Rather, I believe the tilted-up saddle causes you to slide back, thereby reducing weight on the hands according to the principles explained by Colin many times on this forum. Coincidentally, it puts a small (but for many uncomfortable) load on the perineum.

I think you should solve the hand discomfort by getting the saddle back. You might need a new seatpost with more effective setback (I say effective because it is the location of the front of the clamp that limits the rearward saddle travel, not the location of the clamp centre as often given in specifications). Then solve the independent perineum problem with a saddle that works in the level orientation or accept that some saddles, for some people, may need to be tilted down slightly.
Last edited by Samuel D on 24 May 2020, 12:30pm, edited 1 time in total.

Freddie
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Re: Selle SMP saddles

Postby Freddie » 24 May 2020, 12:21pm

A picture is worth a thousand words. Perhaps a picture of your bicycle from the side on, on level ground, would tell us something words cannot?

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Trigger
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Re: Selle SMP saddles

Postby Trigger » 24 May 2020, 12:30pm

Freddie wrote:A picture is worth a thousand words. Perhaps a picture of your bicycle from the side on, on level ground, would tell us something words cannot?


There is one from another thread, it's not great because I can't get far enough back to take it properly.

viewtopic.php?f=5&t=137365&p=1479141#p1479141

Saddle in this pic was level, I have since tilted it down slightly and made some other slight adjustments but it's not a million miles away from this pic, I'm about to alter some other bits to suit my needs as well so it will change again.

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531colin
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Re: Selle SMP saddles

Postby 531colin » 24 May 2020, 12:35pm

Samuel D wrote:I don’t believe it’s plausible that tilting the saddle up reduces weight on the hands by loading up the perineum.
……... I believe the tilted-up saddle causes you to slide back, …..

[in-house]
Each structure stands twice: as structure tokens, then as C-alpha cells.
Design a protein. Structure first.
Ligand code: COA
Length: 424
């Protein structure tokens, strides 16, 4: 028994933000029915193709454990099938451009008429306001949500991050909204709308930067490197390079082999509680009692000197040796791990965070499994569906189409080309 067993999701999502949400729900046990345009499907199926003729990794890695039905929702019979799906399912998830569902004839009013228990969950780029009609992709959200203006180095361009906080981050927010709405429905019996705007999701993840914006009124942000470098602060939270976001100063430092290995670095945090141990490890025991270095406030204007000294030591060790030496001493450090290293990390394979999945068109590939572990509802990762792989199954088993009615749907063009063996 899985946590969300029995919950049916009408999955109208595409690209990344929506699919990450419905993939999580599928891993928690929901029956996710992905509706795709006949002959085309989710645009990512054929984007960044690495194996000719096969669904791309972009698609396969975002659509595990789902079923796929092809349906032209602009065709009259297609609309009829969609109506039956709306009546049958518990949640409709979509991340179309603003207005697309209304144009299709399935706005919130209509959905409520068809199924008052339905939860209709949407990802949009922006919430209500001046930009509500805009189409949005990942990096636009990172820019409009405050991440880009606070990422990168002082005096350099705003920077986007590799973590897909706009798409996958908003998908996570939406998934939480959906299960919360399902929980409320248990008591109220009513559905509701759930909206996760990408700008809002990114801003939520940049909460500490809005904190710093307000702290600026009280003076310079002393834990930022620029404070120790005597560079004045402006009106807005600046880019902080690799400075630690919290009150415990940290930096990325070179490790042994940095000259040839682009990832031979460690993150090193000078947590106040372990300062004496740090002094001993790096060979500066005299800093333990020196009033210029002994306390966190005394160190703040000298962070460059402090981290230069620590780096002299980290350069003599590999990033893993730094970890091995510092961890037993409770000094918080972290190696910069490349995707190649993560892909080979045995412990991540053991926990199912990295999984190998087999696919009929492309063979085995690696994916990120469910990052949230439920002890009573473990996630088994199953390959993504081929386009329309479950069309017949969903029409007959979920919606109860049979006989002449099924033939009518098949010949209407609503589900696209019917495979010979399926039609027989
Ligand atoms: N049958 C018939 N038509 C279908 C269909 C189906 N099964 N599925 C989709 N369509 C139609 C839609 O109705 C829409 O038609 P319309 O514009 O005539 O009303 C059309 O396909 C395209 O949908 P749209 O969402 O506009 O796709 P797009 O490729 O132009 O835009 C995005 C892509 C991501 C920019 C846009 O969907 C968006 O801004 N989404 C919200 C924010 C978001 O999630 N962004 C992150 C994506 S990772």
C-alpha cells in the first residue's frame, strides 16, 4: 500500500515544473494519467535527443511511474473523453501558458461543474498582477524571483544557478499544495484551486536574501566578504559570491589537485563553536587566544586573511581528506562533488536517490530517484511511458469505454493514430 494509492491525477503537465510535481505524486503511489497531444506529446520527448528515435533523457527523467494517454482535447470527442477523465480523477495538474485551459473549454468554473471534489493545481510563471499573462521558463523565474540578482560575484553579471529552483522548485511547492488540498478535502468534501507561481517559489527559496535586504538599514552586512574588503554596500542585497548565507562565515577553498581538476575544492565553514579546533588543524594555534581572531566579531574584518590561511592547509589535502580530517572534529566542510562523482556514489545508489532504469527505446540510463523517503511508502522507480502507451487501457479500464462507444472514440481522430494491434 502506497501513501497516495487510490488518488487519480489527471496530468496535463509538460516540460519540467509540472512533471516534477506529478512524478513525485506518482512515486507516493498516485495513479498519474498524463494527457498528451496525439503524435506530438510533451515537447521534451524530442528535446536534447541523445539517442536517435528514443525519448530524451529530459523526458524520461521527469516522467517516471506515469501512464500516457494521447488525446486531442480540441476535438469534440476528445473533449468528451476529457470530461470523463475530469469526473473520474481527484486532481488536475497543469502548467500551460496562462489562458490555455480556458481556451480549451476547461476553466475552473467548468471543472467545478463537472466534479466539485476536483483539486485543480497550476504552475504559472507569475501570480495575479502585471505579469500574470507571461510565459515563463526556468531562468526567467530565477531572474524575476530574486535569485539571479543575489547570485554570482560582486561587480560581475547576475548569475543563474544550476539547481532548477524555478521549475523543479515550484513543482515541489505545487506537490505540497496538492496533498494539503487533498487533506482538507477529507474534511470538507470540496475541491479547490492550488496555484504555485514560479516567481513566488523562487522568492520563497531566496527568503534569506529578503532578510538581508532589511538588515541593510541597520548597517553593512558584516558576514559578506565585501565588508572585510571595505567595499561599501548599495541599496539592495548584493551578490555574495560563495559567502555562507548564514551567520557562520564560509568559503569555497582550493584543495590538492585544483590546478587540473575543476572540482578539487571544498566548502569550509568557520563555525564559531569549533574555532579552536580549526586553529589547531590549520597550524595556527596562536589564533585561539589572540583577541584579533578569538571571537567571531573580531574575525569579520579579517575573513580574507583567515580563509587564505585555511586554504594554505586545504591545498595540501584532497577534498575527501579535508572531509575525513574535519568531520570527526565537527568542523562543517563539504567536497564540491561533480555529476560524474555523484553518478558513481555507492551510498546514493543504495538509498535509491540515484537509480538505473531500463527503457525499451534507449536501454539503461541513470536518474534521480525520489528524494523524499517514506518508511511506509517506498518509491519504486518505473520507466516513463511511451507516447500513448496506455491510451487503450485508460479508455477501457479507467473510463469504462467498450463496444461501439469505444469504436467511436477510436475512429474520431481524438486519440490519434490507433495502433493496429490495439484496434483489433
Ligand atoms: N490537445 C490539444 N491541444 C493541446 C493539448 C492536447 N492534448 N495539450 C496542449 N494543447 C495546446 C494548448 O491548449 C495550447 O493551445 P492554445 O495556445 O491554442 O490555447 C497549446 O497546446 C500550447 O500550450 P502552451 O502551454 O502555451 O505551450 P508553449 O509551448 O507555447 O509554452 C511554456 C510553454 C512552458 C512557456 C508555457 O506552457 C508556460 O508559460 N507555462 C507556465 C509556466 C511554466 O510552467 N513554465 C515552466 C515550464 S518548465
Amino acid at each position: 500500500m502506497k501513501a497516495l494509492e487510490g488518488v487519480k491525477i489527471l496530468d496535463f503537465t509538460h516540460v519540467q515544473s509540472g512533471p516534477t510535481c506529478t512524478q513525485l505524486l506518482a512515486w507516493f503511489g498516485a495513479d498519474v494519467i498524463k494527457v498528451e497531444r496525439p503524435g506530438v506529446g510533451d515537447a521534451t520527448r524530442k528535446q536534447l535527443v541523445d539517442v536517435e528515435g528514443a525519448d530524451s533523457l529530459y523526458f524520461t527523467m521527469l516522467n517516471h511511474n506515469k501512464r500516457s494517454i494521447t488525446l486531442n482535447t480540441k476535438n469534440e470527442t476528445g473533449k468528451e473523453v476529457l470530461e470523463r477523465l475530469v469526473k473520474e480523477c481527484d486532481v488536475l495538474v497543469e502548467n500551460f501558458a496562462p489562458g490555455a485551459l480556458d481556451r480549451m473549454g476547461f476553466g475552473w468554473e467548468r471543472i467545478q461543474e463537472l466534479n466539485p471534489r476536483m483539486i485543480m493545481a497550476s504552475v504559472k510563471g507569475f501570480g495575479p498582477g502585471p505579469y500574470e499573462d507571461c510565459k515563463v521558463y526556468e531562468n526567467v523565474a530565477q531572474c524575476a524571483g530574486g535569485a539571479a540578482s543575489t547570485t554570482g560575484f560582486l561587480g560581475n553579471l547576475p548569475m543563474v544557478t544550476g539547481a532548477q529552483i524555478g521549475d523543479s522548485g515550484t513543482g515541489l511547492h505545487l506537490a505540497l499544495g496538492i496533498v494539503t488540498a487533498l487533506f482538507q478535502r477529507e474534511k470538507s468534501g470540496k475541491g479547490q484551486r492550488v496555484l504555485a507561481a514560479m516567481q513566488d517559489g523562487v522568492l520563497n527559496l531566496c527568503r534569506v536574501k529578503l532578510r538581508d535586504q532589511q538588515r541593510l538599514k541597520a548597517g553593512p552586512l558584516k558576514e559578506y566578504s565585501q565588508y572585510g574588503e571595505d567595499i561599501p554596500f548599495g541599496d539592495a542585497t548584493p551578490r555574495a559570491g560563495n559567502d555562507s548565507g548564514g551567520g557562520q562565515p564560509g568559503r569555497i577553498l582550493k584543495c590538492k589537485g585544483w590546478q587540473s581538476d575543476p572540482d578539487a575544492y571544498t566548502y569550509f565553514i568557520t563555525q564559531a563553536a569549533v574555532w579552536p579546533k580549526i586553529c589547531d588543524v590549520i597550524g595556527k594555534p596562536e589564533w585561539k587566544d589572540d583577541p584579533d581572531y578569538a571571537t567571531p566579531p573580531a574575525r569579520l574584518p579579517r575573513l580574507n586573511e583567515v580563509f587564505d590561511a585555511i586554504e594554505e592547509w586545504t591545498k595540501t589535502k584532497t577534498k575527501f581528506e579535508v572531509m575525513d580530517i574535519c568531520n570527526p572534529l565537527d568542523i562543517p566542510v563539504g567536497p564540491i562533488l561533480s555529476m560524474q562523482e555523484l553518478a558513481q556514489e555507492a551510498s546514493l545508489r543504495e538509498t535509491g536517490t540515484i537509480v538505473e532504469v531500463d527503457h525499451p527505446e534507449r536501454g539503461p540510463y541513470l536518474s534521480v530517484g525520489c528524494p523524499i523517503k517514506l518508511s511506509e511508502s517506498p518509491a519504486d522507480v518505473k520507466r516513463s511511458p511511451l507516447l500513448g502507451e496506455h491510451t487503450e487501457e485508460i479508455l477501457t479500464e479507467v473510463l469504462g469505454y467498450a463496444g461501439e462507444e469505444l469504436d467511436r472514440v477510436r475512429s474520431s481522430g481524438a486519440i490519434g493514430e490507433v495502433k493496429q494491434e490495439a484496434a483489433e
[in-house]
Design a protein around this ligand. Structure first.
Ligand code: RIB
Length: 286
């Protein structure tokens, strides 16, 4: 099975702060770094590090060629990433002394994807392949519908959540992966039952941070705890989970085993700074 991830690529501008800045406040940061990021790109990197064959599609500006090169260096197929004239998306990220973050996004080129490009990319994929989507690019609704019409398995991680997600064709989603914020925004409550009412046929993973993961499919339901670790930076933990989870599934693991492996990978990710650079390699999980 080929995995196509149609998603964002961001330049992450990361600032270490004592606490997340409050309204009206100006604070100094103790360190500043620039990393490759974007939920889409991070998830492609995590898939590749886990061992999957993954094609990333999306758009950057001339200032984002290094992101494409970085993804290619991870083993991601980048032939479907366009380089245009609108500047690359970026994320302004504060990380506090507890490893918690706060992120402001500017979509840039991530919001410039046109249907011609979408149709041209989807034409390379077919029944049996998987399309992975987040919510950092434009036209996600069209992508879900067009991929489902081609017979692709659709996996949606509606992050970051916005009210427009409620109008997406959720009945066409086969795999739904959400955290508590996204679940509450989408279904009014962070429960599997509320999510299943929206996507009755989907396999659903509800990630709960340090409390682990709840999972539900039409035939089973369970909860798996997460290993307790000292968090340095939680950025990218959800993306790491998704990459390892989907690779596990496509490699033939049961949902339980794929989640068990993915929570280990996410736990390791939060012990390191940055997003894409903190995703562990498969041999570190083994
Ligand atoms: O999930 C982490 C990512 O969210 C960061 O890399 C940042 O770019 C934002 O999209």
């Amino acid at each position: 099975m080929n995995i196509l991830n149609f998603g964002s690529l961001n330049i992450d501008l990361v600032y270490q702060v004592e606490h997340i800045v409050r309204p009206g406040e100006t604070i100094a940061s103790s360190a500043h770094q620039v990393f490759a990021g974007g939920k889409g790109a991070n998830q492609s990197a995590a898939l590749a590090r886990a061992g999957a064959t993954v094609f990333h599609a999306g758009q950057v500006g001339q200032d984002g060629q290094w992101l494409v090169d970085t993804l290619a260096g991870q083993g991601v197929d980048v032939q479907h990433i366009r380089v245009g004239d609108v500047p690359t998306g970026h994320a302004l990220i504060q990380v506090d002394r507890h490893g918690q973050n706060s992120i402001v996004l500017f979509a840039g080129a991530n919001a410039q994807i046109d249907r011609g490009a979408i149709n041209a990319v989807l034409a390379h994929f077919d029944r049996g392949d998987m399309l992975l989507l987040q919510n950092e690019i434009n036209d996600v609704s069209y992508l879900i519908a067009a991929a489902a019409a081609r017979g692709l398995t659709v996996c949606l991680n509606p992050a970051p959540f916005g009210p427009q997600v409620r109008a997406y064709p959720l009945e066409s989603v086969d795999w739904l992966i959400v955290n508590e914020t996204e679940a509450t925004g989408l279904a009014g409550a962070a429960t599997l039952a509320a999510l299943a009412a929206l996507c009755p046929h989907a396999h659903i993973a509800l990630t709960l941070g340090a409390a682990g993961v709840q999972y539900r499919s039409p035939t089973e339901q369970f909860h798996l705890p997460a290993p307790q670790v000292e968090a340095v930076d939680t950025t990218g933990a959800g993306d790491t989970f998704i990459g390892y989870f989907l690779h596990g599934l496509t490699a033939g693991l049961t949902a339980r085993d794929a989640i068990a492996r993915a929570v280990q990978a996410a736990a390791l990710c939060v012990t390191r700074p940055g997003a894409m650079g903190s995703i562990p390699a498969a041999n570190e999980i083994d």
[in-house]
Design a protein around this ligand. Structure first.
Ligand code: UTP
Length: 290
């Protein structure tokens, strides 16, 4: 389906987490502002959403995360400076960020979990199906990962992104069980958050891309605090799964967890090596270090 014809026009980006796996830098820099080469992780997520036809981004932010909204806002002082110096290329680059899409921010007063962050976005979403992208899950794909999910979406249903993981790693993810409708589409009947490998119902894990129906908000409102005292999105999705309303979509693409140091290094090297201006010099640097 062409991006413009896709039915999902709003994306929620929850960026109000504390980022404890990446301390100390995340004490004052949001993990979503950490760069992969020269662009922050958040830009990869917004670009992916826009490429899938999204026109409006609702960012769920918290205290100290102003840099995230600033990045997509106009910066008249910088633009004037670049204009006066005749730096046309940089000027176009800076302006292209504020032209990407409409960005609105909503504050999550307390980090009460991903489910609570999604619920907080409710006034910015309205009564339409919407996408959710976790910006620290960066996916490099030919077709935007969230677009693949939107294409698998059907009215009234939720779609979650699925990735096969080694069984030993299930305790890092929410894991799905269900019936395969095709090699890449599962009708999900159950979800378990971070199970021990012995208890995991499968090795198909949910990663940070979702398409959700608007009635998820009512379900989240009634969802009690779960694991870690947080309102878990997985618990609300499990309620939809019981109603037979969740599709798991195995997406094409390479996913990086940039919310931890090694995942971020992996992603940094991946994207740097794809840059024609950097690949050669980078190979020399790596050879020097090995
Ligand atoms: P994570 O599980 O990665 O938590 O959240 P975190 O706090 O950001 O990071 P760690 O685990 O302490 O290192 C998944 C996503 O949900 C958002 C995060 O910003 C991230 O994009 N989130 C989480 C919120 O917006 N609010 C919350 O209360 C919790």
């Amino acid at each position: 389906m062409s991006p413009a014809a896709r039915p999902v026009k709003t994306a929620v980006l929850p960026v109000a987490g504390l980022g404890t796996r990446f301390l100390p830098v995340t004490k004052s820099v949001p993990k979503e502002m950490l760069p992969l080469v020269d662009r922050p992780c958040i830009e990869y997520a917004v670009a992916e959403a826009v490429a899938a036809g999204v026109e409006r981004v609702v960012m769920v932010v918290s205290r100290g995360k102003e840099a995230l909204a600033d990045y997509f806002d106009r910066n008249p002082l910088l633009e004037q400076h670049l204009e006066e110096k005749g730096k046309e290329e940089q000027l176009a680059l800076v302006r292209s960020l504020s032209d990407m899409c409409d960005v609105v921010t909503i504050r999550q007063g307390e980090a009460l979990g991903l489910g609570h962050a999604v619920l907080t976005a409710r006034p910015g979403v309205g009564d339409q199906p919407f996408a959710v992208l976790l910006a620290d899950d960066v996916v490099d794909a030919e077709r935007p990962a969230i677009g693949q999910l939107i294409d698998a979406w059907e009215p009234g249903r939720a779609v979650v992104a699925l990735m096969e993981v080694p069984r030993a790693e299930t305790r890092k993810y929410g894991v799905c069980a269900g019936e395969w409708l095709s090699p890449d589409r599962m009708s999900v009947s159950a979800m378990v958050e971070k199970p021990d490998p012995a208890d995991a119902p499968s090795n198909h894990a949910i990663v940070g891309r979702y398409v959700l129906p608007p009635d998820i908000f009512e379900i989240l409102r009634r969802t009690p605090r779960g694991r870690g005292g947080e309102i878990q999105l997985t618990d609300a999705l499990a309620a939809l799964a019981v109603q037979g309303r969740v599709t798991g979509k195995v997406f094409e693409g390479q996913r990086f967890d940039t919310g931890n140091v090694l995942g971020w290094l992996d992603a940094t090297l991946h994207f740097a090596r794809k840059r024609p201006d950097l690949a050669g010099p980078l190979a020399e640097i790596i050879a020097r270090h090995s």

I think you are probably right.

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531colin
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Re: Selle SMP saddles

Postby 531colin » 24 May 2020, 12:49pm

Trigger wrote:...….Just to be clear about that picture you posted, is that balance test supposed to be done whilst riding or sat stationary as per you pic?

I don't need to 'nose up' the saddle to get numbness, just having it level will cause it.


The balance is similar whether you are moving or stationary. Its good if you have access to a turbo trainer (as in my picture), because you can feel what difference it makes if you pedal hard. Its awkward having somebody to hold the bike upright, and obviously you can't pedal. If you read my bike fit piece, I describe how much weight I have on my hands when riding along, pedalling with varying force.

If a level saddle gives you numb willy syndrome I think its either too narrow or you are sitting forward on the narrow bit.

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531colin
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Re: Selle SMP saddles

Postby 531colin » 24 May 2020, 12:52pm

Trigger wrote:
Freddie wrote:A picture is worth a thousand words. Perhaps a picture of your bicycle from the side on, on level ground, would tell us something words cannot?


There is one from another thread, it's not great because I can't get far enough back to take it properly.

viewtopic.php?f=5&t=137365&p=1479141#p1479141

Saddle in this pic was level, I have since tilted it down slightly and made some other slight adjustments but it's not a million miles away from this pic, I'm about to alter some other bits to suit my needs as well so it will change again.


That particular picture seems to tell me that the wheels aren't round. Is it my screen?

Freddie
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Re: Selle SMP saddles

Postby Freddie » 24 May 2020, 1:16pm

531colin wrote:That particular picture seems to tell me that the wheels aren't round. Is it my screen?
I think the website is making the picture smaller and distorting it in the process. If you click the picture it should enlarge and wheels looks normal then.
Trigger wrote:Saddle in this pic was level, I have since tilted it down slightly and made some other slight adjustments but it's not a million miles away from this pic, I'm about to alter some other bits to suit my needs as well so it will change again.
I think we'd need to see how it is now. Outside, against a wall or something, on level ground (current picture has the front wheel higher than the rear).

Cowsham
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Re: Selle SMP saddles

Postby Cowsham » 24 May 2020, 9:30pm

I can see straight away what's wrong. -- that saddle is too curved laterally. ie the top of the saddle has quite a curved surface from side to side thus spreading in between the sit bones so instead of your sit bones sitting a top the saddle they are sitting either side of that curve. Get a saddle like a selle justek with a flatter top so your sit bones will be below your John Thompson thus reducing the pressure on it. Took me a while to figure that out myself.